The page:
iron content. Children also need to learn about different textures,bflavours, colours, temperatures and shapes of food. The ideal time to expose your baby to this is before they are one year old. As children get older, they start to become choosier about the food they eat.
This is called neophobia and is normal. It is thought to be a protective instinct, so that a child does not eat something that could potentially be harmful to them while they are out and about exploring the world. By exposing a child to as many different foods, textures, colours, shapes and combinations, you are broadening the child’s term of reference for which foods are safe. If a child has just had soft food until they are one year old, they are more likely to become a fussy eater as they have not learnt how to chew and move lumpy food around in their mouth.
Tips about solids and children
If you don’t eat the food, don’t expect your child to love it either. Your child watches your eating habits and copies you. Eat with your child, let them see what you eat and how to eat it. They will earn their table manners from you. Dinner time can be a special family time where
you are able to connect and find out how each other’s day went. When introducing a new food (unless it is sweets) children may take at least 15 positive exposures before they accept the food. (Yes, I often have to breath and be patient with my children). A positive exposure can be seeing the food, touching the food or smelling the food. They don’t necessarily have to put the food in their mouth. If you force a child to eat a food, the child experiences it as a negative exposure.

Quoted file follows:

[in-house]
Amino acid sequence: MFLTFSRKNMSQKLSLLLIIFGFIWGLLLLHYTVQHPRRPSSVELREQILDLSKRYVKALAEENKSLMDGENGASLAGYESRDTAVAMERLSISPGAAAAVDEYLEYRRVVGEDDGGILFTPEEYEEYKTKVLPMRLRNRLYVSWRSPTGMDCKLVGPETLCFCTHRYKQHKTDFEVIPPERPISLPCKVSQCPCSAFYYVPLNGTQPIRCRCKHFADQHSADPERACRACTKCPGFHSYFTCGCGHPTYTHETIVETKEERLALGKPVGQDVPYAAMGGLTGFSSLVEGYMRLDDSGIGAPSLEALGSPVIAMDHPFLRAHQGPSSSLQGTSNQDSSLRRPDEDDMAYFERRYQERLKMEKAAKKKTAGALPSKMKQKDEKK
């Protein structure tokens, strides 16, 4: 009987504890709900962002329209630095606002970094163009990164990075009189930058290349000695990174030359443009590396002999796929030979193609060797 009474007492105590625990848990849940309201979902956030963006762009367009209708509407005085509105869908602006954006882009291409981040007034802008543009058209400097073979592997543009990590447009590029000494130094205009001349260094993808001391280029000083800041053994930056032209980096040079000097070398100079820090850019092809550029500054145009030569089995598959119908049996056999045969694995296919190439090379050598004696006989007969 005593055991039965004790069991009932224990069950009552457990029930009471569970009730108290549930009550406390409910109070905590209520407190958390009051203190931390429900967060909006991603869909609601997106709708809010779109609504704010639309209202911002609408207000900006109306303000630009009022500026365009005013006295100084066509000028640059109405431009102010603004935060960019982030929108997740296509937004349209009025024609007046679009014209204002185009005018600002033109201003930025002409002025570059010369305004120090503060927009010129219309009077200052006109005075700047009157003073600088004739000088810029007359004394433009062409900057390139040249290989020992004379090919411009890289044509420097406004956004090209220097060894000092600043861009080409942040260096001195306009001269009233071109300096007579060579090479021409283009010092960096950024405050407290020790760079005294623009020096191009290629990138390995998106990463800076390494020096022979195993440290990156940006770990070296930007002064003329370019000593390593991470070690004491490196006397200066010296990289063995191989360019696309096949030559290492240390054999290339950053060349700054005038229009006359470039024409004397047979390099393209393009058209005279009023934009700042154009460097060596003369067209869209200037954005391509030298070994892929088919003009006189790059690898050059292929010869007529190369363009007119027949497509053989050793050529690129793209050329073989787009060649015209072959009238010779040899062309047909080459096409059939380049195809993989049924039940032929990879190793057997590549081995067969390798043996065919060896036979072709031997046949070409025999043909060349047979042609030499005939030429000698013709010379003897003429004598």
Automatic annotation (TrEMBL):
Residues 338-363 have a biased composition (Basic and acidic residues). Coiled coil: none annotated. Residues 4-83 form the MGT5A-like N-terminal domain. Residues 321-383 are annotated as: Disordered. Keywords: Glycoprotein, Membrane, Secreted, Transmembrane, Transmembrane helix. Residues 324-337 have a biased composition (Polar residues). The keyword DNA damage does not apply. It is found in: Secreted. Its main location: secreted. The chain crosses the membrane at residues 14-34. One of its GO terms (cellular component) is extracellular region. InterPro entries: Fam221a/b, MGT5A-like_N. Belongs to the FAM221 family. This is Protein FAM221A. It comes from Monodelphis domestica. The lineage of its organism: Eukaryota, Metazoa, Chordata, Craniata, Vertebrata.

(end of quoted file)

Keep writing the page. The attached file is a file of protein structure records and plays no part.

Try not to tell your child that the food is ‘SOOO NICE and TASTY’, because for them it may be awful, and they will not trust your judgement on food taste. Rather explain the food to the child, what colour is it, how does it feel in your mouth, what shape it is, and if it makes a sound when you chew it. That way the child is focused on the food and learning about it. If I am introducing a food to my daughter that has a strong taste, like capers, for example, I explain to her that they have a strong taste and I am not sure she will like it. She generally will taste the food and eat it, or tell me it is too strong for her, but she is happy to try it again later. Try not to use food as a reward; rather use a sticker chart or special time together. If food is linked to a reward it makes it so much easier to eat for comfort when your child is older. One of the most important things to remember is that feeding is messy. Yes, the best time to feed is just before a bath. Let your child explore and learn about the food they are eating. It is ok if they cover their face with butternut – the photos are so cute. Once they have eaten, you can wipe up and clean the feeding chair. This way your child is learning not only how the food tastes, but also to use their other senses when eating food.